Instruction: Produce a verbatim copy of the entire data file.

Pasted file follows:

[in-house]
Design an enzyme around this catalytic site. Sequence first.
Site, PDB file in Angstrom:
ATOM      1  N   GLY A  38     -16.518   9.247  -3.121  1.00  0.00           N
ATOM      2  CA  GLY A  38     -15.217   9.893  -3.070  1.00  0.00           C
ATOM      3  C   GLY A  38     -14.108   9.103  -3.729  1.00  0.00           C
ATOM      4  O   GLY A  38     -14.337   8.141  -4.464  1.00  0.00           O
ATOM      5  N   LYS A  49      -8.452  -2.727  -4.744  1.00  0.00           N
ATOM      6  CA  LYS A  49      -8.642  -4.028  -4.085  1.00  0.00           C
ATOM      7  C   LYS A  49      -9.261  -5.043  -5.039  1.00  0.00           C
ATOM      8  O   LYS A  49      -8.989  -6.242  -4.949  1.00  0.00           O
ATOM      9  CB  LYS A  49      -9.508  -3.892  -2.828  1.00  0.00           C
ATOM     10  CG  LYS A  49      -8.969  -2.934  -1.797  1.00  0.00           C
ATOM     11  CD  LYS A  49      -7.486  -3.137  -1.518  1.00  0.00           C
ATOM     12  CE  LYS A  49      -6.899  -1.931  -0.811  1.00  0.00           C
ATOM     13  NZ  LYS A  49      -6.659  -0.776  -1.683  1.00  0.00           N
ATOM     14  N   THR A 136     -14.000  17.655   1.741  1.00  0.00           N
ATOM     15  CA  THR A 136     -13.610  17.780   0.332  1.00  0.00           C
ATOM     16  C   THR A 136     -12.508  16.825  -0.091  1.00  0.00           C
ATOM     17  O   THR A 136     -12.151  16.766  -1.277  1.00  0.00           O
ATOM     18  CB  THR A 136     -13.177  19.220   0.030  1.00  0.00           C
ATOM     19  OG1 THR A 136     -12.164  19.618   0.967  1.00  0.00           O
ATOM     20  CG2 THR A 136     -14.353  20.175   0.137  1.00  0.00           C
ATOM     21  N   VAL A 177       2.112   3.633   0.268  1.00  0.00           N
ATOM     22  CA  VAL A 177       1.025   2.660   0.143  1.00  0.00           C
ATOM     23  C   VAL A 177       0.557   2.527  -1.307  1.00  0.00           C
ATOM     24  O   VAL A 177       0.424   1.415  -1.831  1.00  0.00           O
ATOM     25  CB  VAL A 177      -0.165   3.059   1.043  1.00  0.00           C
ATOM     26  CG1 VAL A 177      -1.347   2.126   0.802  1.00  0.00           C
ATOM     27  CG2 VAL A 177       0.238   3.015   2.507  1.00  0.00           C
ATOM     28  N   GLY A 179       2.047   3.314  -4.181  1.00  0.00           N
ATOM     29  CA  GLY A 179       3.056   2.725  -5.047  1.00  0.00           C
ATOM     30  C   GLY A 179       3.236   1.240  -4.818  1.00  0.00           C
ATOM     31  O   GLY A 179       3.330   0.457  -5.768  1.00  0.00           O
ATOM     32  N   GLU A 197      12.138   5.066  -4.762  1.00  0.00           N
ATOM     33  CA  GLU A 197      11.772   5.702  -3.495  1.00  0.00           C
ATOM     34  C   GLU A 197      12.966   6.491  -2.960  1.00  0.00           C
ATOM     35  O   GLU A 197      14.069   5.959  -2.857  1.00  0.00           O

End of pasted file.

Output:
[in-house]
Design an enzyme around this catalytic site. Sequence first.
Site, PDB file in Angstrom:
ATOM      1  N   GLY A  38     -16.518   9.247  -3.121  1.00  0.00           N
ATOM      2  CA  GLY A  38     -15.217   9.893  -3.070  1.00  0.00           C
ATOM      3  C   GLY A  38     -14.108   9.103  -3.729  1.00  0.00           C
ATOM      4  O   GLY A  38     -14.337   8.141  -4.464  1.00  0.00           O
ATOM      5  N   LYS A  49      -8.452  -2.727  -4.744  1.00  0.00           N
ATOM      6  CA  LYS A  49      -8.642  -4.028  -4.085  1.00  0.00           C
ATOM      7  C   LYS A  49      -9.261  -5.043  -5.039  1.00  0.00           C
ATOM      8  O   LYS A  49      -8.989  -6.242  -4.949  1.00  0.00           O
ATOM      9  CB  LYS A  49      -9.508  -3.892  -2.828  1.00  0.00           C
ATOM     10  CG  LYS A  49      -8.969  -2.934  -1.797  1.00  0.00           C
ATOM     11  CD  LYS A  49      -7.486  -3.137  -1.518  1.00  0.00           C
ATOM     12  CE  LYS A  49      -6.899  -1.931  -0.811  1.00  0.00           C
ATOM     13  NZ  LYS A  49      -6.659  -0.776  -1.683  1.00  0.00           N
ATOM     14  N   THR A 136     -14.000  17.655   1.741  1.00  0.00           N
ATOM     15  CA  THR A 136     -13.610  17.780   0.332  1.00  0.00           C
ATOM     16  C   THR A 136     -12.508  16.825  -0.091  1.00  0.00           C
ATOM     17  O   THR A 136     -12.151  16.766  -1.277  1.00  0.00           O
ATOM     18  CB  THR A 136     -13.177  19.220   0.030  1.00  0.00           C
ATOM     19  OG1 THR A 136     -12.164  19.618   0.967  1.00  0.00           O
ATOM     20  CG2 THR A 136     -14.353  20.175   0.137  1.00  0.00           C
ATOM     21  N   VAL A 177       2.112   3.633   0.268  1.00  0.00           N
ATOM     22  CA  VAL A 177       1.025   2.660   0.143  1.00  0.00           C
ATOM     23  C   VAL A 177       0.557   2.527  -1.307  1.00  0.00           C
ATOM     24  O   VAL A 177       0.424   1.415  -1.831  1.00  0.00           O
ATOM     25  CB  VAL A 177      -0.165   3.059   1.043  1.00  0.00           C
ATOM     26  CG1 VAL A 177      -1.347   2.126   0.802  1.00  0.00           C
ATOM     27  CG2 VAL A 177       0.238   3.015   2.507  1.00  0.00           C
ATOM     28  N   GLY A 179       2.047   3.314  -4.181  1.00  0.00           N
ATOM     29  CA  GLY A 179       3.056   2.725  -5.047  1.00  0.00           C
ATOM     30  C   GLY A 179       3.236   1.240  -4.818  1.00  0.00           C
ATOM     31  O   GLY A 179       3.330   0.457  -5.768  1.00  0.00           O
ATOM     32  N   GLU A 197      12.138   5.066  -4.762  1.00  0.00           N
ATOM     33  CA  GLU A 197      11.772   5.702  -3.495  1.00  0.00           C
ATOM     34  C   GLU A 197      12.966   6.491  -2.960  1.00  0.00           C
ATOM     35  O   GLU A 197      14.069   5.959  -2.857  1.00  0.00           O